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The Mechanics of Aviation

Misconceptions

In the years since Imie Mark III started working with Ethnos360 Aviation, dialogues with people in the USA tend to go like this:

Person: You work in aviation — so you’re a pilot?

Imie: No, I’m a mechanic.

Person (often without realizing what they’re saying): Oh … you’re just a mechanic.

*Awkward silence*

Imie: Sure, something like that.

Ethnos360 Aviation Mechanic

More Than a Mechanic

Imie is the maintenance scheduler and administrator at Ethnos360 Aviation in Papua New Guinea, and while he is a qualified pilot, God redirected his path to work with aviation mechanics.

Regarding his team, Imie says: “It’s a bit ironic to think that, at the moment, all our mechanics actually do hold pilot ratings, and yet for different reasons and in different ways, this is where the Lord’s led them for now. Regardless of how it may appear to some, they’re far from being ‘just mechanics.’ They’re men who have surrendered themselves to the Lord, using the love He’s given them for aviation to speed the work of reaching the unreached peoples of the world with the gospel.”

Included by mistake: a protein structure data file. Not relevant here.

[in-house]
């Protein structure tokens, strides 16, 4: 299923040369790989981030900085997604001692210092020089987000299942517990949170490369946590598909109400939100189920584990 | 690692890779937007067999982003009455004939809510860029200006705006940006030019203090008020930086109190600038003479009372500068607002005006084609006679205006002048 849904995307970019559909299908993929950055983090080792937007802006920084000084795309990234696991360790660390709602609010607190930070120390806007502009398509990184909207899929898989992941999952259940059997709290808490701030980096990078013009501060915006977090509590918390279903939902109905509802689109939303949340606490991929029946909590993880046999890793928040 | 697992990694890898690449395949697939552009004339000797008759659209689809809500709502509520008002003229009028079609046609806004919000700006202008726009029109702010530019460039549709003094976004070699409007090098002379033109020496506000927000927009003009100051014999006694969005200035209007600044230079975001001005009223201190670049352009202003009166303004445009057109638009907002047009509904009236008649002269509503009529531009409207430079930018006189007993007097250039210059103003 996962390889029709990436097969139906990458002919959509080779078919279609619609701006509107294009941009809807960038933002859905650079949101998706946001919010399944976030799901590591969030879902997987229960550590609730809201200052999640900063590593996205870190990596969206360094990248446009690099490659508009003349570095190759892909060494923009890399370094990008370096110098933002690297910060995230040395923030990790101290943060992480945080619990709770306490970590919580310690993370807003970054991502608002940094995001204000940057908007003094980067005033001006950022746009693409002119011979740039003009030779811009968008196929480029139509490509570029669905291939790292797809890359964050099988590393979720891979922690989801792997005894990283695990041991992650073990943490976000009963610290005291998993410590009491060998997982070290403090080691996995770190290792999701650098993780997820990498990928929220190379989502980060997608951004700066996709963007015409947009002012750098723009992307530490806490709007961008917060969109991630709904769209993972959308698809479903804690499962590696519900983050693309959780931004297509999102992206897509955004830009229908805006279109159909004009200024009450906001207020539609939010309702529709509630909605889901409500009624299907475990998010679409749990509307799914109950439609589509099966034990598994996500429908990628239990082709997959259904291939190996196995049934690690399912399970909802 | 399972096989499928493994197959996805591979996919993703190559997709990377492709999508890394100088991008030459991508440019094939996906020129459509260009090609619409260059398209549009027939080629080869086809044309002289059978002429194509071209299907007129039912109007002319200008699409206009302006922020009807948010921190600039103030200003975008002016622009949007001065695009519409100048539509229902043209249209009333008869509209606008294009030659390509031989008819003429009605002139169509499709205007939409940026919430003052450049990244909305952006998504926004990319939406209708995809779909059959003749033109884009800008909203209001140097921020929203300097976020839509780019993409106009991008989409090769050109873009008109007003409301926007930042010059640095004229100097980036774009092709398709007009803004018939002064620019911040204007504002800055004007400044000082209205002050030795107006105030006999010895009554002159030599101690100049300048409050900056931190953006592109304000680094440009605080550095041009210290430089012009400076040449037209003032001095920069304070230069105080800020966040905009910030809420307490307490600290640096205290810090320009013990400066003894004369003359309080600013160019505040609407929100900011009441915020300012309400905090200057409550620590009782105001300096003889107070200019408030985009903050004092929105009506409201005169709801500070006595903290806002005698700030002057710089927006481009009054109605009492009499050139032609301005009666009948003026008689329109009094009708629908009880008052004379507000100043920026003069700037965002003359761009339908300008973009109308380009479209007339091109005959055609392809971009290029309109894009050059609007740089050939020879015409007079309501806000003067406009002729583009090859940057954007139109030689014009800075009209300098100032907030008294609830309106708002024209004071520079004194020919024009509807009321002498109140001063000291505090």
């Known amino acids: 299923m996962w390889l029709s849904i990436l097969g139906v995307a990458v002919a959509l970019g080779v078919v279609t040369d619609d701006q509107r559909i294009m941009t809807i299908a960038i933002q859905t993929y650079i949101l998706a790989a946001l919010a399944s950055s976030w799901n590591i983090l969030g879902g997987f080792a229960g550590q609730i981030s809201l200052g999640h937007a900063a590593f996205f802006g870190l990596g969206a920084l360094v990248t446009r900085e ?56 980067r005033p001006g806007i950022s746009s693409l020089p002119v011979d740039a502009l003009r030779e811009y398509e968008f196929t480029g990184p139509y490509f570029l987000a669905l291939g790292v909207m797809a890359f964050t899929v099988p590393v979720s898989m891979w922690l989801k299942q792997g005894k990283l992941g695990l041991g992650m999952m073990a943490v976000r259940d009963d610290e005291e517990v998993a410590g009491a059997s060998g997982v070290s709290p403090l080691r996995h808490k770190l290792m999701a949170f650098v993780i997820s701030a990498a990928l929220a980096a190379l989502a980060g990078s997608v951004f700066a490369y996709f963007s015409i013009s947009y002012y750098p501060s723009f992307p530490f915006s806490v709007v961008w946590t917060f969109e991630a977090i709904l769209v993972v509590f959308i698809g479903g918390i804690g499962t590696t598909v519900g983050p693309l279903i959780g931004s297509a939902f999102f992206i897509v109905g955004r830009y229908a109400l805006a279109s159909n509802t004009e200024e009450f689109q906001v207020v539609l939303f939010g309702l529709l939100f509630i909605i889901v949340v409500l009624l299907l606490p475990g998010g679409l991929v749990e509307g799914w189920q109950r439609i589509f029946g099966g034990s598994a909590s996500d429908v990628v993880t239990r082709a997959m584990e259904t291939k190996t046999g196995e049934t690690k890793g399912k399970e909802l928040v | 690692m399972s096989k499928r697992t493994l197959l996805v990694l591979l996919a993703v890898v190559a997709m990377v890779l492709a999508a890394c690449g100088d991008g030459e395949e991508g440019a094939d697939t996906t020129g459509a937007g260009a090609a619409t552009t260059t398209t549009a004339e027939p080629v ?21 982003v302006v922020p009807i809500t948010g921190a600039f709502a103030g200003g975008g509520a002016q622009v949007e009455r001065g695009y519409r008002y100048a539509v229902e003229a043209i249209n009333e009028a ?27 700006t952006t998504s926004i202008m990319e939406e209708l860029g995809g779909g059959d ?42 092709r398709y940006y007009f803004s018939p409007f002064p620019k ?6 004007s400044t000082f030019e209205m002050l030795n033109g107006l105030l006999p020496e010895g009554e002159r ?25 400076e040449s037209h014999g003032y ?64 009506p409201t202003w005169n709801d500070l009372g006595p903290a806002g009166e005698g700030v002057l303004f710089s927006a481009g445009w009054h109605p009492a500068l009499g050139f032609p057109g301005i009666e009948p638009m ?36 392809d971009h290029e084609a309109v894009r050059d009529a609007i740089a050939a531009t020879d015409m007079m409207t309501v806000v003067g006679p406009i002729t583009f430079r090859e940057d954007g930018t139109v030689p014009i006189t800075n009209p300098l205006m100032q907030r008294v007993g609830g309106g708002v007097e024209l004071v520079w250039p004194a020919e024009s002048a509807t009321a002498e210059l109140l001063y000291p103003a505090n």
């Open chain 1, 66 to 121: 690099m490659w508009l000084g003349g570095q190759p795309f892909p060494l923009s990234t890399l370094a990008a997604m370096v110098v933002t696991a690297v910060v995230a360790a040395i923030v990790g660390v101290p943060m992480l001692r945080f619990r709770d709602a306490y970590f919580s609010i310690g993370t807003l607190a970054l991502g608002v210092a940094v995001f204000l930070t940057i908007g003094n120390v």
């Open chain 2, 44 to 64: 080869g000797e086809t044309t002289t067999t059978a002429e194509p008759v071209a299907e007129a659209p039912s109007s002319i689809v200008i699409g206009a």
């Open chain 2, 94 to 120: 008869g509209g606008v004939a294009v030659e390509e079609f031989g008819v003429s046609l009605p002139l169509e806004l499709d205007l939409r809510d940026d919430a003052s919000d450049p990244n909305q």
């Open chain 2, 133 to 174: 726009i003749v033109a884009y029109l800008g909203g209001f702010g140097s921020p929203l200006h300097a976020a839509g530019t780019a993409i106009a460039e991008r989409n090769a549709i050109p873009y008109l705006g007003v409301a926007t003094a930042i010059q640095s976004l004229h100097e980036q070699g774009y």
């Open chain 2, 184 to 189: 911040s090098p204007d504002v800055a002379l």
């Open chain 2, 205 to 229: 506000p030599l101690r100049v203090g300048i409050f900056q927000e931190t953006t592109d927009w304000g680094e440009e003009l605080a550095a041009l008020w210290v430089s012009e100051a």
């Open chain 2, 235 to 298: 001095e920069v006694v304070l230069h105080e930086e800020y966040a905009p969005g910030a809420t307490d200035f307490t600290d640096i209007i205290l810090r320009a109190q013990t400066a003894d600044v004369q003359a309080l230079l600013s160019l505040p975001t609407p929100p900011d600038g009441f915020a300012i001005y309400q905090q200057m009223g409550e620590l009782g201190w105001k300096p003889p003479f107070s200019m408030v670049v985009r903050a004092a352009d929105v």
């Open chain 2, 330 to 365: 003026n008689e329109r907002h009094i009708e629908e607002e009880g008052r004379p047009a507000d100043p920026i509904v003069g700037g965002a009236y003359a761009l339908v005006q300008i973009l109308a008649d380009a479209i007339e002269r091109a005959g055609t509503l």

Necessary Workers

“In the current context, our expatriate Ethnos360 Aviation mechanics are licensed both in their home country and here in Papua New Guinea. They’re not only skilled technicians, tackling anything our planes or helicopter throws at them in order to keep the fleet safe and reliable, [but] they’re also expert jugglers … between the manufacturers, our home office, our airworthiness authority back home and the airworthiness authority here. They wear any number of other hats — project manager, innovator, leader and trainer to name a few.”

Being a mechanic isn’t a downgrade because the men are unqualified, but rather [it is] a calling and a vital role in missions. And now, as more missionaries join the field, more aviation workers are needed in order to assist them. Please pray with us for more workers.

POSTED ON Sep 08, 2019 by Emily Kopf

Wayumi Expedition

Interface Missions Course